The Daily Telegraph - - Christmas Charity Special -

There are the hor­ri­fy­ing events that leave their mark on us all: Gren­fell Tower ablaze, the 2016 Croy­don tram crash or, 30 years ago this Christ­mas, the hor­ror of Locker­bie.

Then there are the daily oc­cur­rences, un­seen by most of us, though no less trau­ma­tis­ing for those first on the scene: house fires, car crashes, gas ex­plo­sions. For the UK’S fire and res­cue ser­vices, this is the re­al­ity of ev­ery shift.

In 2017/18, 350,000 duty days across the UK’S fire and res­cue ser­vice were lost to poor health. The na­ture of the work of­ten means phys­i­cal in­juries, but many oth­ers can be left with in­vis­i­ble psy­cho­log­i­cal scars.

The Fire Fighters char­ity was formed in 1943 to sup­port the fam­i­lies of fire­fight­ers killed in the Blitz, and now works with more than 5,000 ben­e­fi­cia­ries per year.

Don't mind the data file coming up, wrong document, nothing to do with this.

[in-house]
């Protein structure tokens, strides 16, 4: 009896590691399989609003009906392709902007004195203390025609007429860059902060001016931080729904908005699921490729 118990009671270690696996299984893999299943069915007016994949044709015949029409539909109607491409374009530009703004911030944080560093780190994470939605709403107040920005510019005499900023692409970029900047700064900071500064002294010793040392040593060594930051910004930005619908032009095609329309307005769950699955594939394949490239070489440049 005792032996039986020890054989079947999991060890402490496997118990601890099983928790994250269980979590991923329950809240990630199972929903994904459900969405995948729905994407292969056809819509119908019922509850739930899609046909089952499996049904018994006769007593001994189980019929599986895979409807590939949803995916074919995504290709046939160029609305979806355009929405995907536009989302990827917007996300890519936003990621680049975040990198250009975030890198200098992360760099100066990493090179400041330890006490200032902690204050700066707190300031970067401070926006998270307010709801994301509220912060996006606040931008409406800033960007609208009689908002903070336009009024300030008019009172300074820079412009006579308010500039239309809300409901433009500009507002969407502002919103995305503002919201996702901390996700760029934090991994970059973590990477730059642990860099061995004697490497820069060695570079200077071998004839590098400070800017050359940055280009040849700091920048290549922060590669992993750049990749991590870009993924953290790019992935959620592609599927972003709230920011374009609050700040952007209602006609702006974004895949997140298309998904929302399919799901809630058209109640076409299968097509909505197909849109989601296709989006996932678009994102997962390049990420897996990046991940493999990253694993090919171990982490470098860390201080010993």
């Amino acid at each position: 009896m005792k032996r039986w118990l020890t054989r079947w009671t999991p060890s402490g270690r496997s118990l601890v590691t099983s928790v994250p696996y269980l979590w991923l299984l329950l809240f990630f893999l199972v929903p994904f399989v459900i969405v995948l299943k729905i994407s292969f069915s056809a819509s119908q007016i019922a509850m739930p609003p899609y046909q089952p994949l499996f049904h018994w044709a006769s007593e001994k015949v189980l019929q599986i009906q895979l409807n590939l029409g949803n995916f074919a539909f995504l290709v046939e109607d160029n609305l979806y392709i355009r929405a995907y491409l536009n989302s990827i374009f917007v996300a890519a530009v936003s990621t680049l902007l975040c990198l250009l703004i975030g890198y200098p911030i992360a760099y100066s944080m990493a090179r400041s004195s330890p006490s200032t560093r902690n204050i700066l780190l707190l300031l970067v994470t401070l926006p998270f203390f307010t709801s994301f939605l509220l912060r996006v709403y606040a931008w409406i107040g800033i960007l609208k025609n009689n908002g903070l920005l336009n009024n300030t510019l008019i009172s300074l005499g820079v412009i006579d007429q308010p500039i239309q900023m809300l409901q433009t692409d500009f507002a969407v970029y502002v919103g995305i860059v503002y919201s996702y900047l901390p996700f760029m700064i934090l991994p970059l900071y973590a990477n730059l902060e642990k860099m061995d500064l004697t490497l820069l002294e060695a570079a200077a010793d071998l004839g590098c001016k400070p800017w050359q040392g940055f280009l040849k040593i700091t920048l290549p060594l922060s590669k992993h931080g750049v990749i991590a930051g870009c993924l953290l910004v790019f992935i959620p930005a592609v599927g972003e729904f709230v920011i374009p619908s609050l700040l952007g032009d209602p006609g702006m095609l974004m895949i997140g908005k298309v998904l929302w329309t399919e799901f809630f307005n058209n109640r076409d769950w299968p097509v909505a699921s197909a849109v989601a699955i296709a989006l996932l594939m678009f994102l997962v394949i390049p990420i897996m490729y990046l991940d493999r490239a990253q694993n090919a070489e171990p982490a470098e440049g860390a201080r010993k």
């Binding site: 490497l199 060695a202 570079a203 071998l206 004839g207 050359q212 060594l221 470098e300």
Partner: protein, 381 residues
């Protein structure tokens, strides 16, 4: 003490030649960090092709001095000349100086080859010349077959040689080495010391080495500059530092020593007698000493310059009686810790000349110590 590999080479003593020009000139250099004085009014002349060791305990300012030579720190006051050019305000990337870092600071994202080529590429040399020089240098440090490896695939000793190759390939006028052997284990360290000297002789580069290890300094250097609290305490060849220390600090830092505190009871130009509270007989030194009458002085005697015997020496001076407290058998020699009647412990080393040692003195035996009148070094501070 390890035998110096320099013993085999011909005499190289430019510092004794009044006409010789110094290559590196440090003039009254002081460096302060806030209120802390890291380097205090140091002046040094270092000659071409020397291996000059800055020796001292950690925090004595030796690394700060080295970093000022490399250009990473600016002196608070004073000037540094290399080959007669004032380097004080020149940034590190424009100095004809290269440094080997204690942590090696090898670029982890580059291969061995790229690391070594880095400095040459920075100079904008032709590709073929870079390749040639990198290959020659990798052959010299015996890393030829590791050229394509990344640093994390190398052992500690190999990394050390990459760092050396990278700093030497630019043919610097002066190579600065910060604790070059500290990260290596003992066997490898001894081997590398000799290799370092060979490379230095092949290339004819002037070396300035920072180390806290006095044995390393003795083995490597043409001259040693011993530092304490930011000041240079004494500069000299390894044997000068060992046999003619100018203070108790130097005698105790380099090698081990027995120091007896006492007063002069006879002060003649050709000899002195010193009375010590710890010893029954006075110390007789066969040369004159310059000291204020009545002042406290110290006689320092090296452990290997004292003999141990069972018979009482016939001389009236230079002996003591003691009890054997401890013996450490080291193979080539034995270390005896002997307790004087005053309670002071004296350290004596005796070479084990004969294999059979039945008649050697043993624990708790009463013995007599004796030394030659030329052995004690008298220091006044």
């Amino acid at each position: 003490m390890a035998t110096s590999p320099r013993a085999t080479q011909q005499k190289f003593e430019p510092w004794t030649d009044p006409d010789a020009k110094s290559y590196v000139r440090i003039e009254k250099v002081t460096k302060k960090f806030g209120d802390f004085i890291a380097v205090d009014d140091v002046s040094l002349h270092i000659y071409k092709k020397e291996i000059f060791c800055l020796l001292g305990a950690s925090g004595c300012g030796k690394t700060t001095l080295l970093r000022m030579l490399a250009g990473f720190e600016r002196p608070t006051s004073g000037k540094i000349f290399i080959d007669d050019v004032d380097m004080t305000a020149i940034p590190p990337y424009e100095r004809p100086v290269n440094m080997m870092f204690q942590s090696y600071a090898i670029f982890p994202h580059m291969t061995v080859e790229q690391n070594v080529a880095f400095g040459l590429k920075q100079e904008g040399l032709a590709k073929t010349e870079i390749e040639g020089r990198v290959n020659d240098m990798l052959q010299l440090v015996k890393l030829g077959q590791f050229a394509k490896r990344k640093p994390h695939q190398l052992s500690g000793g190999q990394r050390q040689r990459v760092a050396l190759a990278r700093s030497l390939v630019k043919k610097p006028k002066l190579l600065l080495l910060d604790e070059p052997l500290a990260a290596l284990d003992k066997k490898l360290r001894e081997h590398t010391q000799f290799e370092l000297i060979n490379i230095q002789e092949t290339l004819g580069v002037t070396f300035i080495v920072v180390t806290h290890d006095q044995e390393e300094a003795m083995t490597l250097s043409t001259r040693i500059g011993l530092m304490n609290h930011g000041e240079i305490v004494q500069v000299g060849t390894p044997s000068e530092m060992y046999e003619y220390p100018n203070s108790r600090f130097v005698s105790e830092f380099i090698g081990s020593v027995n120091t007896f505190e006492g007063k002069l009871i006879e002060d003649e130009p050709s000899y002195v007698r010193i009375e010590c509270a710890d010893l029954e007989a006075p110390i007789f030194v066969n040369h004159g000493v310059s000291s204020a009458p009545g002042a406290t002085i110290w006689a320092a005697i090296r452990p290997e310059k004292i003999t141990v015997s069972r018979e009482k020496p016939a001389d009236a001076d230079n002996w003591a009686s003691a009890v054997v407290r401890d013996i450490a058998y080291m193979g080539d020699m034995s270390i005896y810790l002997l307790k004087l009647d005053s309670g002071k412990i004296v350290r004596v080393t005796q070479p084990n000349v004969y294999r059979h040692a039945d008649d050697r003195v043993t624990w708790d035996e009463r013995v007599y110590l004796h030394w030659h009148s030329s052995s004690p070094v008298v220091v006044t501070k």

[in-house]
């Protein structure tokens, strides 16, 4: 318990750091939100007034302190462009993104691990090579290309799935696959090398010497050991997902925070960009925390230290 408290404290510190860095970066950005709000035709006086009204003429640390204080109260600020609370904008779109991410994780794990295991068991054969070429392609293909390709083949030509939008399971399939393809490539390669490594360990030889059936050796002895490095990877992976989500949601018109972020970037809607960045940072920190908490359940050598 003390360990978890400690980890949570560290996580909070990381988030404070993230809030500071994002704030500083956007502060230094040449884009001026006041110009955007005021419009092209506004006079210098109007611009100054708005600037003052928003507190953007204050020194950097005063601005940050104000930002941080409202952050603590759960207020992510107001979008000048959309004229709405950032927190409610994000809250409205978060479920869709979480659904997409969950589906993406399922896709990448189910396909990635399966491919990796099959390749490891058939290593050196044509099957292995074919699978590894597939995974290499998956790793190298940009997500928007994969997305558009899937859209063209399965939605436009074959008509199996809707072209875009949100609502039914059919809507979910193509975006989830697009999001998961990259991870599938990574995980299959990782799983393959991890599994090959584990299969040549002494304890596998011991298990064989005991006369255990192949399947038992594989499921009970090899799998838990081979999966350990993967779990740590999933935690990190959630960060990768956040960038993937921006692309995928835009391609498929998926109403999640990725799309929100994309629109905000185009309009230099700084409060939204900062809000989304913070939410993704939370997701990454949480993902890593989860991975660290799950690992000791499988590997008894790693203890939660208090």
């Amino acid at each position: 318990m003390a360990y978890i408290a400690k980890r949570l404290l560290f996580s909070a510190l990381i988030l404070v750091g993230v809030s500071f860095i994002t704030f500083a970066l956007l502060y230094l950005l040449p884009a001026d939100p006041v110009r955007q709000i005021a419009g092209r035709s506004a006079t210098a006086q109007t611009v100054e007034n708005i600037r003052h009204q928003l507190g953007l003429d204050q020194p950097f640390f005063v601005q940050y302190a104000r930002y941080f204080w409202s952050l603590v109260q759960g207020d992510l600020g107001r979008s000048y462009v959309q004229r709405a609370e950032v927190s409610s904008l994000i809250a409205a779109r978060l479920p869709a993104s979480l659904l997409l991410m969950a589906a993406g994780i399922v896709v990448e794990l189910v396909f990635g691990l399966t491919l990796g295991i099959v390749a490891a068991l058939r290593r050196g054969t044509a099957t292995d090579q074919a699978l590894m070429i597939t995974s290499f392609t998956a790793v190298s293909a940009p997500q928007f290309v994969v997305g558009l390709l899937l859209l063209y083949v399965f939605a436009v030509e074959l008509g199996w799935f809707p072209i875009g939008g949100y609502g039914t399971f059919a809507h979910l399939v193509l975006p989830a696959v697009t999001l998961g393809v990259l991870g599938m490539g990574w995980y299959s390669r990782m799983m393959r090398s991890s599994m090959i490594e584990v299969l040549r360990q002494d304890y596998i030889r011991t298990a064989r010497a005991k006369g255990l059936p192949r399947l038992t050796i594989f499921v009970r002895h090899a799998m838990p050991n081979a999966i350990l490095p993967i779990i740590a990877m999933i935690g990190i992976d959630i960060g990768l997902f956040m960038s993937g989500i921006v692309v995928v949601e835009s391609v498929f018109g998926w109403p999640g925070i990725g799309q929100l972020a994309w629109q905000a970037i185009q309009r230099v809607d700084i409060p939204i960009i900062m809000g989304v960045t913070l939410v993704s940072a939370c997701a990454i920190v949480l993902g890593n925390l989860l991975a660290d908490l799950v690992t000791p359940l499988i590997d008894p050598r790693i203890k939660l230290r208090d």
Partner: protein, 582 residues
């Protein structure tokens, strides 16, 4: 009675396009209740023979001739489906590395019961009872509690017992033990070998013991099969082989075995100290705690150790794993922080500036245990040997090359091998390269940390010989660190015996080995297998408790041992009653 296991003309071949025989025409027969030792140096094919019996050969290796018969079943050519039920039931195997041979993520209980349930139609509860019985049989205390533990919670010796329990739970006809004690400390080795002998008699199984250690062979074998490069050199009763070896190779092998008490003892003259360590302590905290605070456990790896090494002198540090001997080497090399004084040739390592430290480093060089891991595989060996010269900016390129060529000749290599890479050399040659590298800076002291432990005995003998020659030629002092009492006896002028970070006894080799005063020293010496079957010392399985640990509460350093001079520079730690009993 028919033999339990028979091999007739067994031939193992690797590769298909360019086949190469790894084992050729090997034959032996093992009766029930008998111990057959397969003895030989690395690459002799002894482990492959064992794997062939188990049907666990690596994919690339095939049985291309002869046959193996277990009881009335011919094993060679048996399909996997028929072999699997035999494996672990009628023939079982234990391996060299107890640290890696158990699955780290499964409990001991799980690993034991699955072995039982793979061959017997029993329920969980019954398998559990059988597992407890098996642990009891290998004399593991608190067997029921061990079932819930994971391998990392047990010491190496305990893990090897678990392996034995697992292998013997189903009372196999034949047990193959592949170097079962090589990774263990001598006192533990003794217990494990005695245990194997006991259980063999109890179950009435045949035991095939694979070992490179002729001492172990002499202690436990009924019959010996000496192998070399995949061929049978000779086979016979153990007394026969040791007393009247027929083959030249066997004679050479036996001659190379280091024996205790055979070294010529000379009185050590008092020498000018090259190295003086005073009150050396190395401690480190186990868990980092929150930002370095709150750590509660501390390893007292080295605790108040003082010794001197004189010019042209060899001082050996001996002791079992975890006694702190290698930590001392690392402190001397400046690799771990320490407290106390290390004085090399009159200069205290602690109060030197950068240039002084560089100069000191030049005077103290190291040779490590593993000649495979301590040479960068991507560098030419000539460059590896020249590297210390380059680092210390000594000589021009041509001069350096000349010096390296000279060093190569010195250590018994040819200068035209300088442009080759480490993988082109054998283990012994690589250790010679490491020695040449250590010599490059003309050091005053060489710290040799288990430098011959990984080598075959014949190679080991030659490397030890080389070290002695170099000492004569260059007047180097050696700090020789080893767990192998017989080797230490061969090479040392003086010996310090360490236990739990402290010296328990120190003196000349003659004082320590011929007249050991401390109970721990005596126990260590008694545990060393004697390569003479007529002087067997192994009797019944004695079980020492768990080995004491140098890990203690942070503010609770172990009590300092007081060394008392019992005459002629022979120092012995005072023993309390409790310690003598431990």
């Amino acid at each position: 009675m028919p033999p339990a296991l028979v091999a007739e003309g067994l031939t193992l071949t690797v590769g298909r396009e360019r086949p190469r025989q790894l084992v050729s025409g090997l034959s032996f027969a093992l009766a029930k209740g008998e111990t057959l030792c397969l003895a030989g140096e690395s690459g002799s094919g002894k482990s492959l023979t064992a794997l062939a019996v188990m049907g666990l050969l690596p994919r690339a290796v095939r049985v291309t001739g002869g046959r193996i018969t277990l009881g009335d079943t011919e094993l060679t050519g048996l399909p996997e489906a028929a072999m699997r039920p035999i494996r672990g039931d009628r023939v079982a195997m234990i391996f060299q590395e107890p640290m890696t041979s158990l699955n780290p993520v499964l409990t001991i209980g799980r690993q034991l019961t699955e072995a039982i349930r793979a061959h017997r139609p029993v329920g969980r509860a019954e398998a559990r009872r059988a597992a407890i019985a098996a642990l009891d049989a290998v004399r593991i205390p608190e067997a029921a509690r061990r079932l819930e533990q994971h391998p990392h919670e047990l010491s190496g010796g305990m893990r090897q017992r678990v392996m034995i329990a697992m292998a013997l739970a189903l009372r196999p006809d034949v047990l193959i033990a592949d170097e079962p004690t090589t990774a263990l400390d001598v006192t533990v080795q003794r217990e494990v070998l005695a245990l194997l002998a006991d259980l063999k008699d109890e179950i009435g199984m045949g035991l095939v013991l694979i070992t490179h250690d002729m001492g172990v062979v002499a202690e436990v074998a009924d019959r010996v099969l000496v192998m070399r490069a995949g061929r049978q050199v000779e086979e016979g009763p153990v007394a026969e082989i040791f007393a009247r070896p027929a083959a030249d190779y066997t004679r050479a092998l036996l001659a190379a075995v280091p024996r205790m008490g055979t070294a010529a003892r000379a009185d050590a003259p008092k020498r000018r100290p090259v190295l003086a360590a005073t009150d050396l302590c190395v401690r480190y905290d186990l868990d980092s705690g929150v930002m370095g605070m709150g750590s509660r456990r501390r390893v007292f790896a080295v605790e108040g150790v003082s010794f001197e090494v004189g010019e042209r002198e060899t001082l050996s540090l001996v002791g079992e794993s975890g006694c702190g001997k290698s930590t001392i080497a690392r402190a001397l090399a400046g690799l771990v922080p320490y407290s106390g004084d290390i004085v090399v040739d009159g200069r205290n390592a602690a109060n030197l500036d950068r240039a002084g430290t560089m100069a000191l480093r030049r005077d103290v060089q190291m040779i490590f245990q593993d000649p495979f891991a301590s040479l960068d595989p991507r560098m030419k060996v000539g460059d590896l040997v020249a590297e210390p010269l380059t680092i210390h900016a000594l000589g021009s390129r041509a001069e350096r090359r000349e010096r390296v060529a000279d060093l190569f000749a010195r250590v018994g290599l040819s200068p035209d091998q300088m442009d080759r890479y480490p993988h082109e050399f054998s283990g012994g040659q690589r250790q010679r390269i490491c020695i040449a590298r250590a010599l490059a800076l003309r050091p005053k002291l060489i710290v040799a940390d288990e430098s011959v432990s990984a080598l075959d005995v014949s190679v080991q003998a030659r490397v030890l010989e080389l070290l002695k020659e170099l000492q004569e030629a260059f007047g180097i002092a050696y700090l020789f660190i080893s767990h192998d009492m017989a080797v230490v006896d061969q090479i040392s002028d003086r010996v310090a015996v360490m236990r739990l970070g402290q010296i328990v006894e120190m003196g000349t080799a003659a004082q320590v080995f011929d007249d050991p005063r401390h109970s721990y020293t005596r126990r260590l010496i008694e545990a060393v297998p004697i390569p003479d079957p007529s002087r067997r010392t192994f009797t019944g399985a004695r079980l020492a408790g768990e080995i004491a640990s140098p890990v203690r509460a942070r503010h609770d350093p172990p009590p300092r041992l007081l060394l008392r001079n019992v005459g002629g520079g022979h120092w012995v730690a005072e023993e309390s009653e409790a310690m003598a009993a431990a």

In its 75th year, the char­ity runs phys­i­cal, psy­cho­log­i­cal, health and well-be­ing pro­grammes from three cen­tres around the coun­try. Its work ranges from pro­vid­ing im­me­di­ate and on­go­ing psy­cho­log­i­cal sup­port to fire­fight­ers af­ter ma­jor in­ci­dents, to spe­cial­ist sup­port for fam­i­lies and chil­dren with com­plex health needs.

With fur­ther fund­ing, the char­ity will be able to en­hance men­tal health sup­port ser­vices – dou­bling its ca­pac­ity to sup­port peo­ple and re­pur­pos­ing and ex­pand­ing its base in Devon.

This means that what­ever trauma they face, fire­fight­ers have a chance to re­turn to work and keep the rest of us safe.

Marathon for many: but the char­ity helps suf­fer­ers get through

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